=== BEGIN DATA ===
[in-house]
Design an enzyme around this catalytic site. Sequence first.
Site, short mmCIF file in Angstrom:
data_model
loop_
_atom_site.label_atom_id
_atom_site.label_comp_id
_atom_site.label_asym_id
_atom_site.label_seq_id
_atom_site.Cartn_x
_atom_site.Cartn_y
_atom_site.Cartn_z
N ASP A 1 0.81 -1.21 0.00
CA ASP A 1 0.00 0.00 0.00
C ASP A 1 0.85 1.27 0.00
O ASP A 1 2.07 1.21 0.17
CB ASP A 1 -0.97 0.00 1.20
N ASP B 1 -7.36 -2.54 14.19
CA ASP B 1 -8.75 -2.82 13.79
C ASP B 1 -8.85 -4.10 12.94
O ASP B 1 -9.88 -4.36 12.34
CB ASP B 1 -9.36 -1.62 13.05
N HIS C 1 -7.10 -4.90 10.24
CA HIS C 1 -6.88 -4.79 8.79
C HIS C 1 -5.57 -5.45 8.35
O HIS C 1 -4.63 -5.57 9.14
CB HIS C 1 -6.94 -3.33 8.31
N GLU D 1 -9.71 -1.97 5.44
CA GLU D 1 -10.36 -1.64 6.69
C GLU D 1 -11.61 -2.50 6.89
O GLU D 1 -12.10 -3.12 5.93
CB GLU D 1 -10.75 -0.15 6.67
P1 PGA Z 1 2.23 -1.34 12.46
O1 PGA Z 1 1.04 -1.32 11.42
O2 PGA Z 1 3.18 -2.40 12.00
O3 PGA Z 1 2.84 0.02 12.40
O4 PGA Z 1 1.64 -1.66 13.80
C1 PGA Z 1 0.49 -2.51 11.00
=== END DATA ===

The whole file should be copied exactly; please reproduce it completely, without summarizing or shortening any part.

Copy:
[in-house]
Design an enzyme around this catalytic site. Sequence first.
Site, short mmCIF file in Angstrom:
data_model
loop_
_atom_site.label_atom_id
_atom_site.label_comp_id
_atom_site.label_asym_id
_atom_site.label_seq_id
_atom_site.Cartn_x
_atom_site.Cartn_y
_atom_site.Cartn_z
N ASP A 1 0.81 -1.21 0.00
CA ASP A 1 0.00 0.00 0.00
C ASP A 1 0.85 1.27 0.00
O ASP A 1 2.07 1.21 0.17
CB ASP A 1 -0.97 0.00 1.20
N ASP B 1 -7.36 -2.54 14.19
CA ASP B 1 -8.75 -2.82 13.79
C ASP B 1 -8.85 -4.10 12.94
O ASP B 1 -9.88 -4.36 12.34
CB ASP B 1 -9.36 -1.62 13.05
N HIS C 1 -7.10 -4.90 10.24
CA HIS C 1 -6.88 -4.79 8.79
C HIS C 1 -5.57 -5.45 8.35
O HIS C 1 -4.63 -5.57 9.14
CB HIS C 1 -6.94 -3.33 8.31
N GLU D 1 -9.71 -1.97 5.44
CA GLU D 1 -10.36 -1.64 6.69
C GLU D 1 -11.61 -2.50 6.89
O GLU D 1 -12.10 -3.12 5.93
CB GLU D 1 -10.75 -0.15 6.67
P1 PGA Z 1 2.23 -1.34 12.46
O1 PGA Z 1 1.04 -1.32 11.42
O2 PGA Z 1 3.18 -2.40 12.00
O3 PGA Z 1 2.84 0.02 12.40
O4 PGA Z 1 1.64 -1.66 13.80
C1 PGA Z 1 0.49 -2.51 11.00